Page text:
TB testing has traditionally relied on a skin test that was developed over 100 years ago.5 However, a simple blood test can now get the job done as well.
TB Skin Test
A TB skin test, also called the Mantoux tuberculin skin test (TST), can be completed at our center. During the test, a small amount of fluid called tuberculin is injected into the skin on the lower part of the arm.6 The person must then return within 48 to 72 hours to have a healthcare provider look for a reaction on the arm. Depending on the size of the raised, hard area, swelling, and risk factors, the healthcare provider will determine if the test was positive or negative.6 A positive result may mean the person is infected with TB bacteria. However, there are factors that can cause false positives, such as prior BCG vaccination, a TB vaccine that many people born outside the U.S. receive. In the case of a positive result, more testing, such as a chest X-ray, sputum culture, or both, may be performed to determine the presence of active TB disease.13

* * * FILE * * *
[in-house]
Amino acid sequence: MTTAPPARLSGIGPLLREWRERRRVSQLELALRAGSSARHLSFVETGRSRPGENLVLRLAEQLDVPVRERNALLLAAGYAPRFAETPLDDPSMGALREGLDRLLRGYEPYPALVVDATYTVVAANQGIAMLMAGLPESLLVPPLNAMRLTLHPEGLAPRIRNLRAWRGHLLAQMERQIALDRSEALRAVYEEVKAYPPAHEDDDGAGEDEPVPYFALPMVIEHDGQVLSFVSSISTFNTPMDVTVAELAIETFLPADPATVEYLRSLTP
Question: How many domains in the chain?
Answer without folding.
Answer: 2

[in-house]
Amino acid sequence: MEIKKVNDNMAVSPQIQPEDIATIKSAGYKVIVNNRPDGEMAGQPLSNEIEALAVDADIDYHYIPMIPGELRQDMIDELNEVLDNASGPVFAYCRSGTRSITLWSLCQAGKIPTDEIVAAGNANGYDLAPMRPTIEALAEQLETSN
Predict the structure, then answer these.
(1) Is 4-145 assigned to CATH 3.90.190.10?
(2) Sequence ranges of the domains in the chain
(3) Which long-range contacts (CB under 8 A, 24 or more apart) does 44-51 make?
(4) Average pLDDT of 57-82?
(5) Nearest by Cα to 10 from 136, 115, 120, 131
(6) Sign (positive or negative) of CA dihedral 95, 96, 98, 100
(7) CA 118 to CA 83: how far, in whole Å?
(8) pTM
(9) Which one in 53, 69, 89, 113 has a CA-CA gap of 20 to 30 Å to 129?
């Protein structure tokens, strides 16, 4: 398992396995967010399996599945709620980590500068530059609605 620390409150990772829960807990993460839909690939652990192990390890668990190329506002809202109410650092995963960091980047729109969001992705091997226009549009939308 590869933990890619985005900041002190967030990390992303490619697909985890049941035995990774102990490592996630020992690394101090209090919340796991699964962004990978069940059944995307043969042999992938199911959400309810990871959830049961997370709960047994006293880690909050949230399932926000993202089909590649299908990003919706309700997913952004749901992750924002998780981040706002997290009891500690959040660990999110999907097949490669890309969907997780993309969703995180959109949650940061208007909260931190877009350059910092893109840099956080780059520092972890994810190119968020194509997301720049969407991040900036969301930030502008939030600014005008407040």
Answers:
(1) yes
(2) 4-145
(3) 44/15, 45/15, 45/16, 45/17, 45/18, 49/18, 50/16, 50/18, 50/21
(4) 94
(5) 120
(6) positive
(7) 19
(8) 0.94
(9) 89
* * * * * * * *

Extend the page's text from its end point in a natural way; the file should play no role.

TB Blood Test
TB blood tests are also called interferon-gamma release assays, or IGRAs. IGRAs are whole-blood tests that can aid in diagnosing TB infection.3 Unlike the TB skin test, TB blood tests are completed in a single visit to a healthcare professional, making them easier and more convenient for employers and employees. TB blood tests can also be a more accurate form of TB testing.
During a TB blood test, a healthcare provider draws a patient’s blood and sends it to a laboratory for analysis and results. A positive result means the person is infected with TB bacteria, but additional tests are needed to determine if the person has LTBI or TB disease.